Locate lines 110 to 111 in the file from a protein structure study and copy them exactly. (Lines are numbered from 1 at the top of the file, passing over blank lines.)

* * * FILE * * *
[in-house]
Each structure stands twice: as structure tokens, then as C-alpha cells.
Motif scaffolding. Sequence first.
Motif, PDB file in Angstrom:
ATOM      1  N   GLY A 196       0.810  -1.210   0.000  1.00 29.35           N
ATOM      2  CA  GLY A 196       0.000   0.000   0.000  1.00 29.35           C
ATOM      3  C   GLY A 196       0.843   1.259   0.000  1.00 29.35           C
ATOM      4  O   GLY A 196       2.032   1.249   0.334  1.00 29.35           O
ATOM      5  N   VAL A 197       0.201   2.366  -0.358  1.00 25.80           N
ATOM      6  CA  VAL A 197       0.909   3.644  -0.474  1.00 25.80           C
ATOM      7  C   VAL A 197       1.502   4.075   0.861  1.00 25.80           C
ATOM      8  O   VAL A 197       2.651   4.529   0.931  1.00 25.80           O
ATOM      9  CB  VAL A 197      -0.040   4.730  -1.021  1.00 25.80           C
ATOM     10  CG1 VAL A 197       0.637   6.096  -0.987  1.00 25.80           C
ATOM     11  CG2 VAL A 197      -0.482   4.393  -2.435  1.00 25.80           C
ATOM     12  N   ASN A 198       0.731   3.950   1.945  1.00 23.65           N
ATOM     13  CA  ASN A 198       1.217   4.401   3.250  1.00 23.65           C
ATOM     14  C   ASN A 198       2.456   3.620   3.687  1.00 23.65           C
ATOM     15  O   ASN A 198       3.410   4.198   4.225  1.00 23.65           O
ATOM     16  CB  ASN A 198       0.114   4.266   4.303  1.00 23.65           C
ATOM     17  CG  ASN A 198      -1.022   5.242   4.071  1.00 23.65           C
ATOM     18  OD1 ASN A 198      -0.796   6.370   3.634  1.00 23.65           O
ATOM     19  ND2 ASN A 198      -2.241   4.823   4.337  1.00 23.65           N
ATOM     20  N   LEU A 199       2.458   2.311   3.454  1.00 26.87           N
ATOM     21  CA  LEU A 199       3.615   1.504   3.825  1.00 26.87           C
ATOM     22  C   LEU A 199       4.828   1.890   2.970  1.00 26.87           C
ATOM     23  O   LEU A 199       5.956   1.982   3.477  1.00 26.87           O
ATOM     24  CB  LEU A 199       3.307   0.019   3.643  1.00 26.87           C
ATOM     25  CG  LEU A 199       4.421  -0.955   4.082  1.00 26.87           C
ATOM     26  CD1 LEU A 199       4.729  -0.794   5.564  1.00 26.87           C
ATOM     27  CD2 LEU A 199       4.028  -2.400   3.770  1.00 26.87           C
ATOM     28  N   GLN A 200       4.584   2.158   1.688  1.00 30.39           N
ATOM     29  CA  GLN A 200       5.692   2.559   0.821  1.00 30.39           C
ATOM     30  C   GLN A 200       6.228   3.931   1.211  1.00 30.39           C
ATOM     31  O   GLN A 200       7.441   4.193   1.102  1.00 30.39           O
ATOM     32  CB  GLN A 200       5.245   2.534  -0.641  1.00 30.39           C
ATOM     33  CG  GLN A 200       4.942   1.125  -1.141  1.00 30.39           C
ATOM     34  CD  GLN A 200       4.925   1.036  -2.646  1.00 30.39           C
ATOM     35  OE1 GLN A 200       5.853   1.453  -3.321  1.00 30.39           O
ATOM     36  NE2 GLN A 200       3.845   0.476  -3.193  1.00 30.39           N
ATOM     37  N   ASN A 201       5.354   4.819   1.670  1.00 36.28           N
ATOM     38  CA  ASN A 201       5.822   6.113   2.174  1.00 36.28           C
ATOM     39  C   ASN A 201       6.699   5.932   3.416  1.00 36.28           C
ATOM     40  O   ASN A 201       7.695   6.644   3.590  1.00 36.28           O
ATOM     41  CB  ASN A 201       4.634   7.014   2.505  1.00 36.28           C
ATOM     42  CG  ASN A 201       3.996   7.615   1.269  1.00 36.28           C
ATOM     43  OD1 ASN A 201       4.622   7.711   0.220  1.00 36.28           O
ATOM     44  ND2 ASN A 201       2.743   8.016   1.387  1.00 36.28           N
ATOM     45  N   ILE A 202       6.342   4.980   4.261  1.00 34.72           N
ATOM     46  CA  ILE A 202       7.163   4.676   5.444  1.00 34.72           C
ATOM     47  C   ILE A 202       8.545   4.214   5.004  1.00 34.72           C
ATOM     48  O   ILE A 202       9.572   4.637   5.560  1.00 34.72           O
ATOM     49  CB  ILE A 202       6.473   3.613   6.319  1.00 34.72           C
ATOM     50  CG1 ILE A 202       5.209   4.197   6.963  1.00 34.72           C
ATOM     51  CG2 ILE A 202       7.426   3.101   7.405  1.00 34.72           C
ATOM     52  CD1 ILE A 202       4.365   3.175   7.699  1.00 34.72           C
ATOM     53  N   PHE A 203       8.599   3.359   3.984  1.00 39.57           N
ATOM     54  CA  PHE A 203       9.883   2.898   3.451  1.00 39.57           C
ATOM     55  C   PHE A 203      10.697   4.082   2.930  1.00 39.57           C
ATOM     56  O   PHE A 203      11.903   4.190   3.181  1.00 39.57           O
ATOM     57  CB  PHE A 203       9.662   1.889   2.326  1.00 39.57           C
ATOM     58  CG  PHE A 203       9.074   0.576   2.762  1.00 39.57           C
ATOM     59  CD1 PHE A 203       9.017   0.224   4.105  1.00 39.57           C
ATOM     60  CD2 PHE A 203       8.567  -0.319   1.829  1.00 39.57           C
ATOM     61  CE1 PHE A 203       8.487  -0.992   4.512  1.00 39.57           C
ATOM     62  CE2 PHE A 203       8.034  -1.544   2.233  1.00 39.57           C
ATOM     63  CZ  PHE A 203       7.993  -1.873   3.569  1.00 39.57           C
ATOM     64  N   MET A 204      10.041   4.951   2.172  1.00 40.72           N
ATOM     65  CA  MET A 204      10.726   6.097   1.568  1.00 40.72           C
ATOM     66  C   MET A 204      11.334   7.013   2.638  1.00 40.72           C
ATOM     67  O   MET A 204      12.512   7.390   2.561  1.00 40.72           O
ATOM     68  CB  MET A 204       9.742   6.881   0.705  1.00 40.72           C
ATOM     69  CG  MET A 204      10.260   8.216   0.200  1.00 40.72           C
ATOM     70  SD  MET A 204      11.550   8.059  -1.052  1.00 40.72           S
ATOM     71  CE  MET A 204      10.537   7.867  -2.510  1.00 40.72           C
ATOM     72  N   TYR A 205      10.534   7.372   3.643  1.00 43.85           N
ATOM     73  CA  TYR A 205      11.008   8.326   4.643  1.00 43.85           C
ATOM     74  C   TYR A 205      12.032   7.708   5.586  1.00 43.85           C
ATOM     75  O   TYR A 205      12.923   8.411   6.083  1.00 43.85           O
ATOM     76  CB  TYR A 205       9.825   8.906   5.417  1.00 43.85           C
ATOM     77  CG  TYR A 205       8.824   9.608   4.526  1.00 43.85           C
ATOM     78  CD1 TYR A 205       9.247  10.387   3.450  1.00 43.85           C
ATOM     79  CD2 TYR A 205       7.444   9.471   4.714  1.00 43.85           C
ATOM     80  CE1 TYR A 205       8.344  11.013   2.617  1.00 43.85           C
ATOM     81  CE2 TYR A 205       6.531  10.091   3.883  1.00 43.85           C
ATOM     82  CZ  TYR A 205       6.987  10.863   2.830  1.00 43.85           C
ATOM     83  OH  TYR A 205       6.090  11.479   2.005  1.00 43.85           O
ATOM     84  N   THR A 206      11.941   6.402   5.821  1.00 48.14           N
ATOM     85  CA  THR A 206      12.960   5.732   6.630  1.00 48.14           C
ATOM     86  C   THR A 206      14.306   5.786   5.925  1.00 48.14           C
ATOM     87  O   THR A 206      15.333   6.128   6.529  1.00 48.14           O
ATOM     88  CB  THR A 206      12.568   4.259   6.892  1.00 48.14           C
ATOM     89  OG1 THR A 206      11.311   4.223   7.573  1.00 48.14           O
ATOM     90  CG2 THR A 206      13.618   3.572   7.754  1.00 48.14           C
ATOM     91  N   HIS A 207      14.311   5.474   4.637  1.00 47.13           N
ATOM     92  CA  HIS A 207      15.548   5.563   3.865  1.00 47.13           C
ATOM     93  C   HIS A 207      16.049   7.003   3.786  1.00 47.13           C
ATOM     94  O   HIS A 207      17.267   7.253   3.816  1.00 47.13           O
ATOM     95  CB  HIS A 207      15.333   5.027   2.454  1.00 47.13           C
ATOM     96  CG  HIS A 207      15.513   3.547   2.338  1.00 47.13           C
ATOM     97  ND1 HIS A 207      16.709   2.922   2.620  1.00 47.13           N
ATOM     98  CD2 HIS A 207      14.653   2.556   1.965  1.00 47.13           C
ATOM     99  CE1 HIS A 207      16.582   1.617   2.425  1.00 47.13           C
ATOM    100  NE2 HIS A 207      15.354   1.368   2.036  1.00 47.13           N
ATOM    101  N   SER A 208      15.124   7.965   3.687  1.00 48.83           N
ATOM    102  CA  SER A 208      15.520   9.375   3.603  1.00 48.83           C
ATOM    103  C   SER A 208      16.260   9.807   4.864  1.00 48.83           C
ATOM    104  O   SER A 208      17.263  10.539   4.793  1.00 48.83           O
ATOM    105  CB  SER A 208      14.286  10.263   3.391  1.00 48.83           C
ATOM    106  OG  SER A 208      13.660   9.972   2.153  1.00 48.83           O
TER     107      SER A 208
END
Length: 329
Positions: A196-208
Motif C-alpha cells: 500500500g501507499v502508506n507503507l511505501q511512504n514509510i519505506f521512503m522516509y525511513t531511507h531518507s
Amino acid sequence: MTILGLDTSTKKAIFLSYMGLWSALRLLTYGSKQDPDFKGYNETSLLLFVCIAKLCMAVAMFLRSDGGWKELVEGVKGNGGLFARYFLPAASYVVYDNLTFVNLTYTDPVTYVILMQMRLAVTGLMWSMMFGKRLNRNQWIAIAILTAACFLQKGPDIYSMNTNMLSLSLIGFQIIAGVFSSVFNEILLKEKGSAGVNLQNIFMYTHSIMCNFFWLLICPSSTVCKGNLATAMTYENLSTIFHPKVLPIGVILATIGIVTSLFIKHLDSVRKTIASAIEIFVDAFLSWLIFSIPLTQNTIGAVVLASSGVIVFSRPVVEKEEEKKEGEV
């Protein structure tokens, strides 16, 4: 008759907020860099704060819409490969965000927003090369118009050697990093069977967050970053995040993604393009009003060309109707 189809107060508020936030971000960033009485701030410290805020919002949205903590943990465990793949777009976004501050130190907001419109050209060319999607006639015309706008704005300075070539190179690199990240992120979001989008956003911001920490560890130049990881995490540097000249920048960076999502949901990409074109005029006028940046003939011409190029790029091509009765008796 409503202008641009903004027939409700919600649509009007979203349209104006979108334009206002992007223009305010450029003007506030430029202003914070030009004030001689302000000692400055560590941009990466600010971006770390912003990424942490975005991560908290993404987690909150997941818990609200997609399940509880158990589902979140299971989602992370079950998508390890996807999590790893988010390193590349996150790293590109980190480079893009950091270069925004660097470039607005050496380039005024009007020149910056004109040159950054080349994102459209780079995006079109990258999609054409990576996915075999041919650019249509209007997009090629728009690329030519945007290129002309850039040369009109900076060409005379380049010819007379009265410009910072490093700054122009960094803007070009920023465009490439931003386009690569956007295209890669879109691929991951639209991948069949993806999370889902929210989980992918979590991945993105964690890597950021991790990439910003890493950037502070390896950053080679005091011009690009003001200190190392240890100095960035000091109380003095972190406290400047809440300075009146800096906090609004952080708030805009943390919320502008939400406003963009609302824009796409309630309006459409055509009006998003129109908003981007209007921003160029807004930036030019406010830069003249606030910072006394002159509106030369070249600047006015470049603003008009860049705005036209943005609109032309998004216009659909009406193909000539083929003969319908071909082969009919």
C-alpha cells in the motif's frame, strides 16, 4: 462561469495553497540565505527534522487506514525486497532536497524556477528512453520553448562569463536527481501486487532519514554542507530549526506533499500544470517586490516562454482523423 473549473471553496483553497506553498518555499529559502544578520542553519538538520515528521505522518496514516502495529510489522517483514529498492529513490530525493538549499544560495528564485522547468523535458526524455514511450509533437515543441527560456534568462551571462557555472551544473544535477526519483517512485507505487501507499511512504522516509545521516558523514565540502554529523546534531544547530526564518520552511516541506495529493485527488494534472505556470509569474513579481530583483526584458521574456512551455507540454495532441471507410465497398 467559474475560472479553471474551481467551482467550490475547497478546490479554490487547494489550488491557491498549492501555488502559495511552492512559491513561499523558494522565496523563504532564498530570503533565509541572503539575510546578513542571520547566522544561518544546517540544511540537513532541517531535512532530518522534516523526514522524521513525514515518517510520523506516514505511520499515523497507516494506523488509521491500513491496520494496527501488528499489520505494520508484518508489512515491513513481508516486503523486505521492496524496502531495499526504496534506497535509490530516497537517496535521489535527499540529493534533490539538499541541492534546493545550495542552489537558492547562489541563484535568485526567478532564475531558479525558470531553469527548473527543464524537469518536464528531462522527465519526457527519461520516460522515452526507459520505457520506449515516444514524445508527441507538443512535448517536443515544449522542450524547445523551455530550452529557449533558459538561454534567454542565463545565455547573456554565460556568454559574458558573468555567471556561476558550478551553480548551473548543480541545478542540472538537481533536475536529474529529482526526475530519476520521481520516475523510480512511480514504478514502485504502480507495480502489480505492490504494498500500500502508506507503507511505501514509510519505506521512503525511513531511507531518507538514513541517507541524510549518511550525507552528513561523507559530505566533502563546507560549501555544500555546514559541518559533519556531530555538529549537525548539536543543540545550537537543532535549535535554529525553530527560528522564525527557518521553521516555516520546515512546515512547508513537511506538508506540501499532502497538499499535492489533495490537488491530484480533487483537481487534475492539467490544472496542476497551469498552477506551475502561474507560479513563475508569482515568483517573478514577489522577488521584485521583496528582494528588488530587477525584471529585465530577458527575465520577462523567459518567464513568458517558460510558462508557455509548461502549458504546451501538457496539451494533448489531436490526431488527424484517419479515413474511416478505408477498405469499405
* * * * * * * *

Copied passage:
ATOM    106  OG  SER A 208      13.660   9.972   2.153  1.00 48.83           O
TER     107      SER A 208